Government Dental Clinics

Just like the government has medical clinics for doctor’s visits, a government dental clinic can help those in need by providing discounted services. Normally, there’s a fairly long waiting list at dental clinics, but you can likely get expedited care for emergency services. 

Occasionally, charities will host events where dentists donate their time and skill. That means you can get examinations and minor procedures done for free.

Emergency Room Visits

Depending on what ER you visit, there may be a dentist on hand. Regular doctors will also be able to help with certain injuries, like a damaged jaw. This might be a good option for people who have health insurance but not dental insurance. Keep in mind, though, that most emergency rooms do not have dentists, so while they may be able to give you antibiotics and pain medications, you may wind up having to go to a dentist separately anyway. An ER might be a good option if you can’t get to a dentist for a few days but need something to tide you over until then.

Tips for Injury and Accident Prevention

When it comes to your health, an ounce of prevention is worth a pound of cure. Increase your chances of staying out of the emergency dental room with these tips.

  • Brush and floss: Healthy teeth are less prone to damage.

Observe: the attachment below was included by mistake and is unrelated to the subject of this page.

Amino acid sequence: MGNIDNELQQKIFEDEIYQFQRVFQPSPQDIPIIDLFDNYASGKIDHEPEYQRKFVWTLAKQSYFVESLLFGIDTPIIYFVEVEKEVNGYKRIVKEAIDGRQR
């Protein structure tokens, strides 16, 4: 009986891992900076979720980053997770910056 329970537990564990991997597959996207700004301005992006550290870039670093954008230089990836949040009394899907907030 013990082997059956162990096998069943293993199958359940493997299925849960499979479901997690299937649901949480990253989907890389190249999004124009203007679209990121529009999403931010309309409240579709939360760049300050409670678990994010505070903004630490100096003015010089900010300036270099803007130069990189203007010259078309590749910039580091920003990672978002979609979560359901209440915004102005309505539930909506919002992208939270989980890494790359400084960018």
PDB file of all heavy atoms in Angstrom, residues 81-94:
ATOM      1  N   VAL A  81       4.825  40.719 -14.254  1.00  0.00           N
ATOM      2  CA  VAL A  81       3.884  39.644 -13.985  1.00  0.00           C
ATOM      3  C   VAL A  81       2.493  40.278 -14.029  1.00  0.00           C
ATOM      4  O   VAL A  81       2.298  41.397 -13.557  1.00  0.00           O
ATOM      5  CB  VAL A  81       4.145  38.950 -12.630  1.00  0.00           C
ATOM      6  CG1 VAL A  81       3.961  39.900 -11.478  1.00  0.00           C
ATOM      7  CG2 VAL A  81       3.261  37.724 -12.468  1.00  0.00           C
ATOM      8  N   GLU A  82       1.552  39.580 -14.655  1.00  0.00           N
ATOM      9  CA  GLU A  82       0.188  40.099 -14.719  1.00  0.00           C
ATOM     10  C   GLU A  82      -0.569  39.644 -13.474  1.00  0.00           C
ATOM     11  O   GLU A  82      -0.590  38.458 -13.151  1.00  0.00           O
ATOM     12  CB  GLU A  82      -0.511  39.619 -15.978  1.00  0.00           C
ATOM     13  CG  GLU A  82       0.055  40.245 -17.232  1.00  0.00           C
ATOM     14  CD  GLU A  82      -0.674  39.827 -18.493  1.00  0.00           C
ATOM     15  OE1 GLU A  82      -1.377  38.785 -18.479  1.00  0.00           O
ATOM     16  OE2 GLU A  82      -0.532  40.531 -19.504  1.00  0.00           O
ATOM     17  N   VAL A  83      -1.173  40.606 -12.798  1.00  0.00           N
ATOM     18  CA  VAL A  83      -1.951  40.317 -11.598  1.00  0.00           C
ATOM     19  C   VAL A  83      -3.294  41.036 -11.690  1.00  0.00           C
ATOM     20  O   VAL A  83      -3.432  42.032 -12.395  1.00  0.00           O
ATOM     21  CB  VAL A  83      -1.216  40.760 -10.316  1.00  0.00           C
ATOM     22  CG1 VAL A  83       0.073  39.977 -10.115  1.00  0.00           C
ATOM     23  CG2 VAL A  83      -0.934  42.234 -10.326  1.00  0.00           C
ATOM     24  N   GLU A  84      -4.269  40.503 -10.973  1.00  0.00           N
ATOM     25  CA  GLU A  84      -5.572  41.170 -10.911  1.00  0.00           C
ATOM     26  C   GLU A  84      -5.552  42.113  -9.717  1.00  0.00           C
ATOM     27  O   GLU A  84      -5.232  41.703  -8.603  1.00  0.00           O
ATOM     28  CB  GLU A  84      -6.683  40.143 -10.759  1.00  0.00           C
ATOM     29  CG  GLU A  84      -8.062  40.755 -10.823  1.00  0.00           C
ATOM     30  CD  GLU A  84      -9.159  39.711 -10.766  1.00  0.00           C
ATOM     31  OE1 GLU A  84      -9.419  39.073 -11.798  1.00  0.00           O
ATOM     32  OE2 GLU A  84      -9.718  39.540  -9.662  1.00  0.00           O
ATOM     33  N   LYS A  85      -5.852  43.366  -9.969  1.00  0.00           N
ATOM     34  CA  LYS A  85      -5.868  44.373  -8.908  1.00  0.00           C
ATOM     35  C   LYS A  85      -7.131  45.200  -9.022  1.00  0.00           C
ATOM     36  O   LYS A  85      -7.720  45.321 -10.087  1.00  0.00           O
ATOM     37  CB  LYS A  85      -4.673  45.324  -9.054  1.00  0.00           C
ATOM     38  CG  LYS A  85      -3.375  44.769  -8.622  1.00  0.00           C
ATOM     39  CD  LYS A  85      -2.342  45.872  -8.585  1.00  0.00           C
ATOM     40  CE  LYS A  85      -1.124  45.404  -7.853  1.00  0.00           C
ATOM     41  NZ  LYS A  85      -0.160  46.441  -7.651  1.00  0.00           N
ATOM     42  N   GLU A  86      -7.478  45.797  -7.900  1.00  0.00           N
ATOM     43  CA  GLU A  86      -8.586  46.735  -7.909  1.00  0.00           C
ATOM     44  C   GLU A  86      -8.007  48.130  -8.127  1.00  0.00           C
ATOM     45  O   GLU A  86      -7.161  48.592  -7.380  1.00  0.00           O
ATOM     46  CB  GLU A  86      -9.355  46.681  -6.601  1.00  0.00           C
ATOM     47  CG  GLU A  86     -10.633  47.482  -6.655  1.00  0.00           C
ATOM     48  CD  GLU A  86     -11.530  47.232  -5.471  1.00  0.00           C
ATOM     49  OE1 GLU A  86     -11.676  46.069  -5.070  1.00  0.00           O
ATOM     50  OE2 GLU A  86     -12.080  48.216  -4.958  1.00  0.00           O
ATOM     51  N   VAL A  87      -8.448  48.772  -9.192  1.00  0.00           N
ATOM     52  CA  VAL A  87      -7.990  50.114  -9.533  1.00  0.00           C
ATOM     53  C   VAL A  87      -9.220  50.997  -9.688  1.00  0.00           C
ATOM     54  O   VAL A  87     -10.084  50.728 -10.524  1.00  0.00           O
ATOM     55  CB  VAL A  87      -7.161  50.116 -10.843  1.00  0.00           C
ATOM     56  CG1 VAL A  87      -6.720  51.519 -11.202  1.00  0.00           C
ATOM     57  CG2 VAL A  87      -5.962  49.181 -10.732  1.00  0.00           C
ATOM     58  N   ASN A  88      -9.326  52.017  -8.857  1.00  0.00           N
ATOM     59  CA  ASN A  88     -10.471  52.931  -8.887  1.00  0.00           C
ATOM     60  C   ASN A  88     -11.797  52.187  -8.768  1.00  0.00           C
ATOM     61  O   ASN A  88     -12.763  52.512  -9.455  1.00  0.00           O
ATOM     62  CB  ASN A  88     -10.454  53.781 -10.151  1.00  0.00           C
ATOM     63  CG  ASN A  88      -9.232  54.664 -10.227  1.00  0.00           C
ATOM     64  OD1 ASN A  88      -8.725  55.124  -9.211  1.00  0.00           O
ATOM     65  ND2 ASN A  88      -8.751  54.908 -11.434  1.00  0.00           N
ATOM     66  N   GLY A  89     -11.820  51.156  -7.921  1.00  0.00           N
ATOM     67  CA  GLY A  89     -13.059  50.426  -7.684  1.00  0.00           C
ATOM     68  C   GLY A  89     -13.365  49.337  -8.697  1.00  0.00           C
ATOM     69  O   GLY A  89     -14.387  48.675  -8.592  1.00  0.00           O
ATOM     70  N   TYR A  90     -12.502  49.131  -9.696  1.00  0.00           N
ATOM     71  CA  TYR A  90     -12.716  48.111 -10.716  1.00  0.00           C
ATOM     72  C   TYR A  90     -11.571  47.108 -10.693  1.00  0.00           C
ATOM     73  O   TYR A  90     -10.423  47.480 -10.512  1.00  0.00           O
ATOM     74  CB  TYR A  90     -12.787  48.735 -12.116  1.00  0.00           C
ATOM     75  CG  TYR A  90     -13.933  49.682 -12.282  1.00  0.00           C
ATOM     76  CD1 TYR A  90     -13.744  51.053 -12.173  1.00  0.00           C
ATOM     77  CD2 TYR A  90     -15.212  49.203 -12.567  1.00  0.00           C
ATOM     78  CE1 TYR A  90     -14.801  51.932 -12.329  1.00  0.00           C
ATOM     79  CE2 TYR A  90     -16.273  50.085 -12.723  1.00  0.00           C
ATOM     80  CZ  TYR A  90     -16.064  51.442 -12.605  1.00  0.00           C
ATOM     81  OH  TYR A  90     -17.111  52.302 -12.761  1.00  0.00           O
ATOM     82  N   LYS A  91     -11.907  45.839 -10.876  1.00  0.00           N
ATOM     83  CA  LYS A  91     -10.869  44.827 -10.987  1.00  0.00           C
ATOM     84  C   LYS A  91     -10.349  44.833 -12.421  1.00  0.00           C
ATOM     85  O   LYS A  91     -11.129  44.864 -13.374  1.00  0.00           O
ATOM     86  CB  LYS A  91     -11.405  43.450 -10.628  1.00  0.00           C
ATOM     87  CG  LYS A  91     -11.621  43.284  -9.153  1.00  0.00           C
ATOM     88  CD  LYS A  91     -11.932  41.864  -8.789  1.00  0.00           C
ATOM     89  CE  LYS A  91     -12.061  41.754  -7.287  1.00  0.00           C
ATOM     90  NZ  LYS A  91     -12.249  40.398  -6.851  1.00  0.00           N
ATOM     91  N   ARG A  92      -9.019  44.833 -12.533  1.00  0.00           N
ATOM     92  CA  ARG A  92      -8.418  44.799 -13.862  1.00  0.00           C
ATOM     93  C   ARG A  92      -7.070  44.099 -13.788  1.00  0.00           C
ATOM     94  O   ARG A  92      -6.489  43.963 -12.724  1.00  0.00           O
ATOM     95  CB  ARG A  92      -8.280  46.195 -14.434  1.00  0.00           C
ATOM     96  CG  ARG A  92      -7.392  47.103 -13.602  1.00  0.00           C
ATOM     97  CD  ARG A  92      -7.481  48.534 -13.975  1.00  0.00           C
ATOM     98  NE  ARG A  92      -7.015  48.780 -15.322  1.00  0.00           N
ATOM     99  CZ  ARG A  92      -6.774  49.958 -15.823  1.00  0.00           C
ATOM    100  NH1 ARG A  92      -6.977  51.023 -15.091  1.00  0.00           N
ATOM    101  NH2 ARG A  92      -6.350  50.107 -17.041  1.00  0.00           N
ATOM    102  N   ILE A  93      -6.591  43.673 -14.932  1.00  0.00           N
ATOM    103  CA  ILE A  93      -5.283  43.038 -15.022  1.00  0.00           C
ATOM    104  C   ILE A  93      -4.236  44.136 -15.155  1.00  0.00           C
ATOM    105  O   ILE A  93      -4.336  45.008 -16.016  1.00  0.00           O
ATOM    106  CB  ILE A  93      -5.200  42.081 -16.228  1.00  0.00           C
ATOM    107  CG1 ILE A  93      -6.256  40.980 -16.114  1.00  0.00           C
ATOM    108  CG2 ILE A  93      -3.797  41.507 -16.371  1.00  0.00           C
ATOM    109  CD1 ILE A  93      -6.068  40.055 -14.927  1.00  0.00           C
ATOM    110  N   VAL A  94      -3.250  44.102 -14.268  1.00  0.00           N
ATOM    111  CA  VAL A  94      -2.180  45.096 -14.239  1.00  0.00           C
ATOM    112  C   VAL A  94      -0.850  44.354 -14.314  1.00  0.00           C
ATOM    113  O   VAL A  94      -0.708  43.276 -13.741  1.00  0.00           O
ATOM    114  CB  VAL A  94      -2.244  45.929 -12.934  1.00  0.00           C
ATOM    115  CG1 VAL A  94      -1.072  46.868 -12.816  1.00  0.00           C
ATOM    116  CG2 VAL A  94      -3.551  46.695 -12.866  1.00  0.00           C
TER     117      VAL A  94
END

• Regular visits: Going to bi-annual checkups is a must. It’s much cheaper to pay for preventative dental care than to deal with an emergency.
  • Wear a mouthguard: If you’re playing sports or if you grind your teeth in your sleep, a mouthguard can keep you from cracking your teeth and damaging your gums.
  • Avoid hard foods: Avoid things like chewing ice or hard candies. 

Dental Insurance Protects You Before and After an Emergency

Dental insurance is great for making checkups and minor procedures more affordable. That means you’re more likely to get preventative care. If an emergency does occur, though, dental insurance can keep you from being financially crippled just to pay for treatment.

Frequently Asked Questions 


If you’re experiencing a dental emergency, you should seek treatment right away. Waiting can cause your condition to worsen.


Many dentists will let you haggle if you don’t have insurance. You may also be able to sign up for a discount plan retroactively if you talk with your dentist.


Although you probably can’t get dental insurance to cover a procedure after it’s already done, it’s a good idea to get it for any follow-up treatments. Some dentists also let you sign up for a payment plan or monthly membership even if the procedure is already completed.